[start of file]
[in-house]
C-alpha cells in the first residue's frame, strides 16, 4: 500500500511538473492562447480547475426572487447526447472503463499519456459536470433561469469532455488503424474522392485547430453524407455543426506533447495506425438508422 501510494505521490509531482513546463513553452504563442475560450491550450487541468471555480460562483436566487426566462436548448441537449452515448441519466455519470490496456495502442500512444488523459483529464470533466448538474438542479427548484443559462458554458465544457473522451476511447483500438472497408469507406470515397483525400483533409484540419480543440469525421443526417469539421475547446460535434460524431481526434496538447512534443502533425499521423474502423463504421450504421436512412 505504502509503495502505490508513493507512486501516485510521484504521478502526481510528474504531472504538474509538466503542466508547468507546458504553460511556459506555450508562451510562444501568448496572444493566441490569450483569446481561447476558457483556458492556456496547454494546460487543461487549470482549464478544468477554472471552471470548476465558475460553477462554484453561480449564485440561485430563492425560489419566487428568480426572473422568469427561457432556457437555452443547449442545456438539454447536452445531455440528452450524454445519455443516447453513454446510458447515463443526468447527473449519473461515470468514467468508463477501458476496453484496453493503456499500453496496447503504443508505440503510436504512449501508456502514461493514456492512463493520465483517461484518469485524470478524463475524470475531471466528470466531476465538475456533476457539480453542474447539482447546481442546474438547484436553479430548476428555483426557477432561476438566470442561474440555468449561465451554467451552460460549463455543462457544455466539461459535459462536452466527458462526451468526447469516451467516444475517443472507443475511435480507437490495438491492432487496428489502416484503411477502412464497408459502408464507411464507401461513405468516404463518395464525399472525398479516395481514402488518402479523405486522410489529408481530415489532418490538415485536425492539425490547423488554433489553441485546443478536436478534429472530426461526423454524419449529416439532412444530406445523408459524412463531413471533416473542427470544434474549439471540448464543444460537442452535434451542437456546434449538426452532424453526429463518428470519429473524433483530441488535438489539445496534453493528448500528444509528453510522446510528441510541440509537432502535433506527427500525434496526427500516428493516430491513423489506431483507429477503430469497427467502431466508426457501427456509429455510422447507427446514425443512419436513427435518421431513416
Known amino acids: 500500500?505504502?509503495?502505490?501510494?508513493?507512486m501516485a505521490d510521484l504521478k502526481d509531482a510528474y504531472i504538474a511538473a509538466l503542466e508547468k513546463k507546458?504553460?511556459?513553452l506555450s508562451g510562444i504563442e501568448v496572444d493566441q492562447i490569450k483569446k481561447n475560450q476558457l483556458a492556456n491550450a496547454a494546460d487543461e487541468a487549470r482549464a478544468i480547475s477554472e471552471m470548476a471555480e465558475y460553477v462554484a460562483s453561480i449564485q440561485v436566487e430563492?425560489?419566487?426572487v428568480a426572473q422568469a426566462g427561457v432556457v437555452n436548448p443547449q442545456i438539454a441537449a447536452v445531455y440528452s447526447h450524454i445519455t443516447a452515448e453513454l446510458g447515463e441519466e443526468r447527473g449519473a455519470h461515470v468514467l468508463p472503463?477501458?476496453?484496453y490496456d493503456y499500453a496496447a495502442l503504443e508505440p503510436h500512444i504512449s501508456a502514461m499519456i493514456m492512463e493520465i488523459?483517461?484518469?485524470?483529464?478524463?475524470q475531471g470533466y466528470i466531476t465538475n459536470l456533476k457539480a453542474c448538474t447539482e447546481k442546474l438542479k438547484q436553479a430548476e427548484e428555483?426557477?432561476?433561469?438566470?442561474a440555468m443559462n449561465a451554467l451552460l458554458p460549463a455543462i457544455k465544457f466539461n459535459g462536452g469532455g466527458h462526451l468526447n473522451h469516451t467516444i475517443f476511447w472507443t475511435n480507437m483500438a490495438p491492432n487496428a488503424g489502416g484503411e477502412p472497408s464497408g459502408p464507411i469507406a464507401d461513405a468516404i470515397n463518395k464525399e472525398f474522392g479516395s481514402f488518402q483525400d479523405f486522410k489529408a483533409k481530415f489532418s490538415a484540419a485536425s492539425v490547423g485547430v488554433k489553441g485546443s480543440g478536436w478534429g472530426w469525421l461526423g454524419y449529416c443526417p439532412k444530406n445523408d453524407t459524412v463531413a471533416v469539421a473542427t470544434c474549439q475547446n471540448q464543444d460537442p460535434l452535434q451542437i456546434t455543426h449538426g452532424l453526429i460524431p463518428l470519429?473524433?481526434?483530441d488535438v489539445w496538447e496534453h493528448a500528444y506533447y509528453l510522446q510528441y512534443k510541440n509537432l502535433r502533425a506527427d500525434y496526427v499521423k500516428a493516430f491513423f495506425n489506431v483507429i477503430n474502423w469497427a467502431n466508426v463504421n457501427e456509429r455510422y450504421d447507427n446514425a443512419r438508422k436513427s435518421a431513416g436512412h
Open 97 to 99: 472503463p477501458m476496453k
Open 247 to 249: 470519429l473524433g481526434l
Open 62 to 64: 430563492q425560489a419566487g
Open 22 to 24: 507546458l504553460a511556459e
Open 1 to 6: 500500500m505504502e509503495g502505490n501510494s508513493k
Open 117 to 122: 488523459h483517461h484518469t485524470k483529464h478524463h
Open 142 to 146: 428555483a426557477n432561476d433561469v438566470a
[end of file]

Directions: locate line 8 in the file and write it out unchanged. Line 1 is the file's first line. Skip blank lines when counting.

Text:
Open 1 to 6: 500500500m505504502e509503495g502505490n501510494s508513493k